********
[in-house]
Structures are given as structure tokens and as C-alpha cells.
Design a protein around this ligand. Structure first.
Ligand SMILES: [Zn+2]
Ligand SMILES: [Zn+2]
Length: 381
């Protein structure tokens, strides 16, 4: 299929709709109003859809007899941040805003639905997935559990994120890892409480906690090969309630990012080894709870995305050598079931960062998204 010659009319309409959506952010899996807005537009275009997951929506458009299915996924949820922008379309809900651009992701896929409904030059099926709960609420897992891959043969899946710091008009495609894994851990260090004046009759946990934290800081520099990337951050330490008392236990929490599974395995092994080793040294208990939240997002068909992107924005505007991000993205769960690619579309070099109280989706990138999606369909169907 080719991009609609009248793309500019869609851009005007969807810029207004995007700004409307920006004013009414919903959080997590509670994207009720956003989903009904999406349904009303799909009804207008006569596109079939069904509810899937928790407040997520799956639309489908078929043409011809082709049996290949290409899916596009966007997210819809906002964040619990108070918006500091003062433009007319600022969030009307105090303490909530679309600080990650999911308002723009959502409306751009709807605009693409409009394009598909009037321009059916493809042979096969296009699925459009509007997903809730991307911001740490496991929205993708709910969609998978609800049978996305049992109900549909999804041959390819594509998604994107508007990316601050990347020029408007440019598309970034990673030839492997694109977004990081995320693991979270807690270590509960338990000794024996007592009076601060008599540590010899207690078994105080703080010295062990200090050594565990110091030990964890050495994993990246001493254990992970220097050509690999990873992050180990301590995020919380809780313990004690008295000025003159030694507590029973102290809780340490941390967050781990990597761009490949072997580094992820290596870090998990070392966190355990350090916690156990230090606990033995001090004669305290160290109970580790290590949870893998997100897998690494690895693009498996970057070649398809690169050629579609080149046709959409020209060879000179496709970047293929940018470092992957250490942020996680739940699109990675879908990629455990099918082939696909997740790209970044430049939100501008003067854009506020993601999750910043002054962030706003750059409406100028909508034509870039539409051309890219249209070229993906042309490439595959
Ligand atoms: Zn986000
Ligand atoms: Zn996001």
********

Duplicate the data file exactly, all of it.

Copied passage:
[in-house]
Structures are given as structure tokens and as C-alpha cells.
Design a protein around this ligand. Structure first.
Ligand SMILES: [Zn+2]
Ligand SMILES: [Zn+2]
Length: 381
């Protein structure tokens, strides 16, 4: 299929709709109003859809007899941040805003639905997935559990994120890892409480906690090969309630990012080894709870995305050598079931960062998204 010659009319309409959506952010899996807005537009275009997951929506458009299915996924949820922008379309809900651009992701896929409904030059099926709960609420897992891959043969899946710091008009495609894994851990260090004046009759946990934290800081520099990337951050330490008392236990929490599974395995092994080793040294208990939240997002068909992107924005505007991000993205769960690619579309070099109280989706990138999606369909169907 080719991009609609009248793309500019869609851009005007969807810029207004995007700004409307920006004013009414919903959080997590509670994207009720956003989903009904999406349904009303799909009804207008006569596109079939069904509810899937928790407040997520799956639309489908078929043409011809082709049996290949290409899916596009966007997210819809906002964040619990108070918006500091003062433009007319600022969030009307105090303490909530679309600080990650999911308002723009959502409306751009709807605009693409409009394009598909009037321009059916493809042979096969296009699925459009509007997903809730991307911001740490496991929205993708709910969609998978609800049978996305049992109900549909999804041959390819594509998604994107508007990316601050990347020029408007440019598309970034990673030839492997694109977004990081995320693991979270807690270590509960338990000794024996007592009076601060008599540590010899207690078994105080703080010295062990200090050594565990110091030990964890050495994993990246001493254990992970220097050509690999990873992050180990301590995020919380809780313990004690008295000025003159030694507590029973102290809780340490941390967050781990990597761009490949072997580094992820290596870090998990070392966190355990350090916690156990230090606990033995001090004669305290160290109970580790290590949870893998997100897998690494690895693009498996970057070649398809690169050629579609080149046709959409020209060879000179496709970047293929940018470092992957250490942020996680739940699109990675879908990629455990099918082939696909997740790209970044430049939100501008003067854009506020993601999750910043002054962030706003750059409406100028909508034509870039539409051309890219249209070229993906042309490439595959
Ligand atoms: Zn986000
Ligand atoms: Zn996001």